The Flora Sandwich

by John Michael Flynn

You know what ‘Todd’ means in German? Death.

Maybe Flora knows that, just as she knows I’m on the rebound, even though I never told her. Delaney knew. My sweet, gone Delaney.

Flora keeps glancing away, looking fearful. Makes me nervous. She wasn’t that way on the bus down Vermont Avenue. Did she think I wouldn’t show up? I’m a man of my word, but I don’t want to come off as harassing. I order a tuna sandwich and she starts making it. I ask the skinny kid who works there if her name is Flora. The kid won’t answer. A Mexican guy, paternal-like, who runs the cash register, gives me the hairy eyeball. He must know what’s going on. He and Flora don’t say a word. I smile, try to be friendly-like. Flora finishes my sandwich, wraps it to go. I hadn’t asked for that. It’s her way of telling me to get back into the LA sunshine.

I walk out, I mean steam out, talking to myself. I hate the city for what it does to people. What it does to me. Hate the walls between light skin and dark. I start thinking maybe Flora has a baby and no husband. Maybe she’s in a bad marriage. Maybe while riding the bus she doubted her good looks and flirted with me because she wanted to see if she was still attractive. I’m one of few gringos who live in this part of LA. Probably look like a sucker, like I’ve been played before.

Window down, riding home with my sandwich, the air clings like a yellow sleaze. I drive as if watching a movie of all the strange Angelinos behind their wheels. When I get to my hole, my cell, my earth-ship, I pass Whiffle’s room. I don’t know his real name. He told me to call him Whiffle. He’s the hippie surfer brother I never had, an AA grad with a ponytail who once tried to convert me to Jesus. His latest kick has been the sci-fi fiction of L. Ron Hubbard. I feel like talking to him. I often feel this way when I get back to the boarding house. I knock a few times, get no answer, but that doesn’t mean he isn’t in.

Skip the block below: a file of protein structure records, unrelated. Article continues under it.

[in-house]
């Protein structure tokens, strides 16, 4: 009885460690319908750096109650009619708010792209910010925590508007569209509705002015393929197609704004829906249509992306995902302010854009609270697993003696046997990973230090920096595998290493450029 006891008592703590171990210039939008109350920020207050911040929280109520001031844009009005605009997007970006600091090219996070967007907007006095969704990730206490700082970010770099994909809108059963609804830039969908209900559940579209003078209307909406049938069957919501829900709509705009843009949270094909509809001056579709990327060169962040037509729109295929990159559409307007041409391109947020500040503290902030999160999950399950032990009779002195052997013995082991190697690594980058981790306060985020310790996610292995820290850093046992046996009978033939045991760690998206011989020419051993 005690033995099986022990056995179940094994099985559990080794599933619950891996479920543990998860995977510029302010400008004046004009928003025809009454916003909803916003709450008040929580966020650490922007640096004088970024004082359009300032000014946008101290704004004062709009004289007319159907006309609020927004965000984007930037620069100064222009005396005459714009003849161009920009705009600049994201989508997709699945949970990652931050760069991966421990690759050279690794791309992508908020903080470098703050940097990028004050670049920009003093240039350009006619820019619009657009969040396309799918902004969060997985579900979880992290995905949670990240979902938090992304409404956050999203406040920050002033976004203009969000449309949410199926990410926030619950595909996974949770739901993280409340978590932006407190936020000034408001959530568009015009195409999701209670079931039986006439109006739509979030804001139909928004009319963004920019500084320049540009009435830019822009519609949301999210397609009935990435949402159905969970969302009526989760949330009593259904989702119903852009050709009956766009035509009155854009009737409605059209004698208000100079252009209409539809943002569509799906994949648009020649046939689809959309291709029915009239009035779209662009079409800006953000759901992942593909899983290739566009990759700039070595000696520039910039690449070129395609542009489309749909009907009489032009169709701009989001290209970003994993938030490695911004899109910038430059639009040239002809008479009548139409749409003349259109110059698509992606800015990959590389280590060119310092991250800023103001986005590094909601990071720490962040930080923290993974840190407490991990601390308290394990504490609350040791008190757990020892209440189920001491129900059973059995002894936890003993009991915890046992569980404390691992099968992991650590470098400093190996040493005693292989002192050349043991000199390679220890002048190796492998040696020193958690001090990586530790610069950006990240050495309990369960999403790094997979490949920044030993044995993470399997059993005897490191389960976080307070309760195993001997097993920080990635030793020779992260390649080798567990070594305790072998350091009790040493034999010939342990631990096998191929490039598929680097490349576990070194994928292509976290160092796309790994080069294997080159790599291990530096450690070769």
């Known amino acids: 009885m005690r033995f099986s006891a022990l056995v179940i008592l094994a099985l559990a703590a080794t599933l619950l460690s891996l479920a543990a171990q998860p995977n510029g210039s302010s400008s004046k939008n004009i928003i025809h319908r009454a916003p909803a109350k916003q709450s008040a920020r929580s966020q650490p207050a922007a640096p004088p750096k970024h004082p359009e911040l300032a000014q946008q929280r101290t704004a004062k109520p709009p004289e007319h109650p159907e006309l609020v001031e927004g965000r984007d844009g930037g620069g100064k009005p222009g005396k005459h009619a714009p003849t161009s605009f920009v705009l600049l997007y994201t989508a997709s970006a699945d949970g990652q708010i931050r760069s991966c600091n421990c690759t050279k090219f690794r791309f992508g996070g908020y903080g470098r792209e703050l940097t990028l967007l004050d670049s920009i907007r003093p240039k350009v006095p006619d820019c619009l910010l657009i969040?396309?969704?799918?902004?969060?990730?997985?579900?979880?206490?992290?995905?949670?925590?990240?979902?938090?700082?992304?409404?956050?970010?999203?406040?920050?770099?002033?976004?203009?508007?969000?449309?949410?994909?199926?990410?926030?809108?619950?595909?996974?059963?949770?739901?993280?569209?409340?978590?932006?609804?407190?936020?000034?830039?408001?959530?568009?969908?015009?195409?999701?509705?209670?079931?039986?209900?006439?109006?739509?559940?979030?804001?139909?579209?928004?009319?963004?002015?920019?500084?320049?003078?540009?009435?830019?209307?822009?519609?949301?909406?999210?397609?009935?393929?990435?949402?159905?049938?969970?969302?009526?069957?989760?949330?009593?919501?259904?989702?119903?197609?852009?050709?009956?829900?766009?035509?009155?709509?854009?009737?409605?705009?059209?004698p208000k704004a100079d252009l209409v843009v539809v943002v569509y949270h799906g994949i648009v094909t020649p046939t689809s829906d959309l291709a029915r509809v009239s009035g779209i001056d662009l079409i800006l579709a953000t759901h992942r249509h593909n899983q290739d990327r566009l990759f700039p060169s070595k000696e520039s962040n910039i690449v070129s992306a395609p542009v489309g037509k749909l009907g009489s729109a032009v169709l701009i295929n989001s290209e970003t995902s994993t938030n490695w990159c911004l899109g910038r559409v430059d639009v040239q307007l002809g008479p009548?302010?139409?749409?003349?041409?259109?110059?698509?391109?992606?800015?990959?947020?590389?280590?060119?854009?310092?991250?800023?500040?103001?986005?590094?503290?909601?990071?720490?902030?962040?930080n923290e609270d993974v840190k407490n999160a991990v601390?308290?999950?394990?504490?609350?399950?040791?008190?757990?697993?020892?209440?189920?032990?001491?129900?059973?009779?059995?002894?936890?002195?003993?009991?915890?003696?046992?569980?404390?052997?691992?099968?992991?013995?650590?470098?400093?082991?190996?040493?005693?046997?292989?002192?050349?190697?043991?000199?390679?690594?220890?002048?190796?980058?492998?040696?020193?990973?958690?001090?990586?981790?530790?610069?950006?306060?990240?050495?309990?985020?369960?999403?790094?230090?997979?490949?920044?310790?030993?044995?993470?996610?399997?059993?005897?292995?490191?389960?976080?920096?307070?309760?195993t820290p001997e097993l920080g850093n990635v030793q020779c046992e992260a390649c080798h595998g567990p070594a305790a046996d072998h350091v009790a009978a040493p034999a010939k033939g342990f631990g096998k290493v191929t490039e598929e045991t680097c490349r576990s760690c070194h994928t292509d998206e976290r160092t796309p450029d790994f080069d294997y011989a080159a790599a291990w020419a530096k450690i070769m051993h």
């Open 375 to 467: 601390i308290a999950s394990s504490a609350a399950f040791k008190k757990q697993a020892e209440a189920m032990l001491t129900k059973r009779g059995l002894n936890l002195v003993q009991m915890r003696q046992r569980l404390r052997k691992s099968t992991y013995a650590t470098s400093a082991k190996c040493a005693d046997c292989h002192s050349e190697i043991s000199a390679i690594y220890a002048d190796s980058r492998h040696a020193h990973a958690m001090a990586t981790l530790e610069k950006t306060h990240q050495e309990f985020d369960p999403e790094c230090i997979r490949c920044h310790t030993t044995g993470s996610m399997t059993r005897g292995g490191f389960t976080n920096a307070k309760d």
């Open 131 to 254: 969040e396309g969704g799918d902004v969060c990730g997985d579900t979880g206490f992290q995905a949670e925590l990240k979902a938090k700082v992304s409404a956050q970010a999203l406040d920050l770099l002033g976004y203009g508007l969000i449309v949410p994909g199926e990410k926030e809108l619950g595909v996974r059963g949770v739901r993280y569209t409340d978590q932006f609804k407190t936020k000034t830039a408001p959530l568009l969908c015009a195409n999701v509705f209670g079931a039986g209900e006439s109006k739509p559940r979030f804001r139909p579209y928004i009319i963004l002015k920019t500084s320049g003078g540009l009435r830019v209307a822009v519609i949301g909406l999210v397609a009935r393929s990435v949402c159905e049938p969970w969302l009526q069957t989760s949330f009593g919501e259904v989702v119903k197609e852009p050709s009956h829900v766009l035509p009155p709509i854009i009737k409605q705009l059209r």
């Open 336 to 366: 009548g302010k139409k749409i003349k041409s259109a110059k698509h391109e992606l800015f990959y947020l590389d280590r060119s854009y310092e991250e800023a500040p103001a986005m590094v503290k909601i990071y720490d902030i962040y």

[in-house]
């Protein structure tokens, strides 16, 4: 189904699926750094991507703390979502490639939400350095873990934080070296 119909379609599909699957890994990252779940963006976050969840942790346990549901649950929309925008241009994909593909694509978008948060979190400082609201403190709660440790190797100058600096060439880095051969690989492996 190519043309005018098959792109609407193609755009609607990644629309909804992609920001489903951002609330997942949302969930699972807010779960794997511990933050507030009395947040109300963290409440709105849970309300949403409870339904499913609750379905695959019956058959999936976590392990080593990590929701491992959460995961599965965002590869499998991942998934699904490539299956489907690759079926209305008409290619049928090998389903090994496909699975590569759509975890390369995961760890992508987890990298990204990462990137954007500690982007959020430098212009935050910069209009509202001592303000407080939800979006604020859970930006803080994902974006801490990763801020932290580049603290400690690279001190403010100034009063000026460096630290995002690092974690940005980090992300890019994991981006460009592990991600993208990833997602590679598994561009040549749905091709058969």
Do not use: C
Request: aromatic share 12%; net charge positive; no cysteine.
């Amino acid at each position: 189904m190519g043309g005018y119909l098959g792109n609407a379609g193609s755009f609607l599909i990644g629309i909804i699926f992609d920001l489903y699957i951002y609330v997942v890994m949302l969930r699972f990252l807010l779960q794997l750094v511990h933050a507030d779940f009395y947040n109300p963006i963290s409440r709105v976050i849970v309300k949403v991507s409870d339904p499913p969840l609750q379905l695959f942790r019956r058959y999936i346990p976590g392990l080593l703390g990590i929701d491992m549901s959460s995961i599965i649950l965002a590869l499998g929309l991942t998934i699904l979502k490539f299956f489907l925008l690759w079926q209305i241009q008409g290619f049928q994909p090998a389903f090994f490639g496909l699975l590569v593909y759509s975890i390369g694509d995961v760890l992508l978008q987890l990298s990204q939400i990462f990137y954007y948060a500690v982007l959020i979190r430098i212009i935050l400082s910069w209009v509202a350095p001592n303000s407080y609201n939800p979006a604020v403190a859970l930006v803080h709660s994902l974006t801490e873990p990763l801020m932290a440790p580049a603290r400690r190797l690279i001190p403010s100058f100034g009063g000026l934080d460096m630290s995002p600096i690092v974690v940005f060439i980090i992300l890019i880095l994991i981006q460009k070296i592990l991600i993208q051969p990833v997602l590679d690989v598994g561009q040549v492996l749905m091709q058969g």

Whiffle’s no stranger to my life story. He likes having a place to parcel out his earned wisdom, so I leave my door unlocked. Once in my room, I try to forget Flora. To forget Delaney. I need to move on. I feel consumed by loneliness and the ironing board incident with Delaney. She’s blue-eyed, cinnamon-haired, rents in Glendale, originally from Iowa. Like so many others, out here for movies. I’d had too many beers, in a fit of rage knocked over that board, and sent a pair of cherished ceramic candlesticks crashing to her wood floor. They’d been a gift from her grandmother. She started ranting, calling me cheap and irresponsible. I argued it was an accident. I’d raised my fist to her, but I’d never brought it down. She’d threatened to call the cops. I talked her out of it. Bolted from Glendale, and then phoned her night after night trying to make amends. I took her to the Bowl for a classical concert, and then a dinner afterwards, but it wasn’t the same. She hadn’t even kissed me goodnight.

So after keeping to myself a while, questioning my choices and daily m-o, I got back into the mix. When I sat next to Flora on the bus, she started the conversation, not me. I joked with her about how I was wrestling an illusion of self-control back into my life. You know how it is. You have to let off steam somehow, and when I met Flora, I thought it was happening again, that I could be with someone, so I opened up to her.

On the edge of my bed, I drop chin into hands and let my fan blow cruddy air into my face. The landlord still hasn’t fixed my AC unit. I feel weak inside, unsure of myself. I remember my car accident – man, when it rains it pours – how that collision set me back, got me doubting myself in a way I’d never doubted before. Cops yanked my license because I had past fines due. Had to phone my mother in Puerta Vallarta and beg her to cover the lawyer’s fees so I could get my license back. She sent the money, but did it to spite my old man, still in Detroit. If I’d asked him, he’d have said suck it up. Next time I phone, just to piss him off, I’ll tell him Mom helped me out of a jam.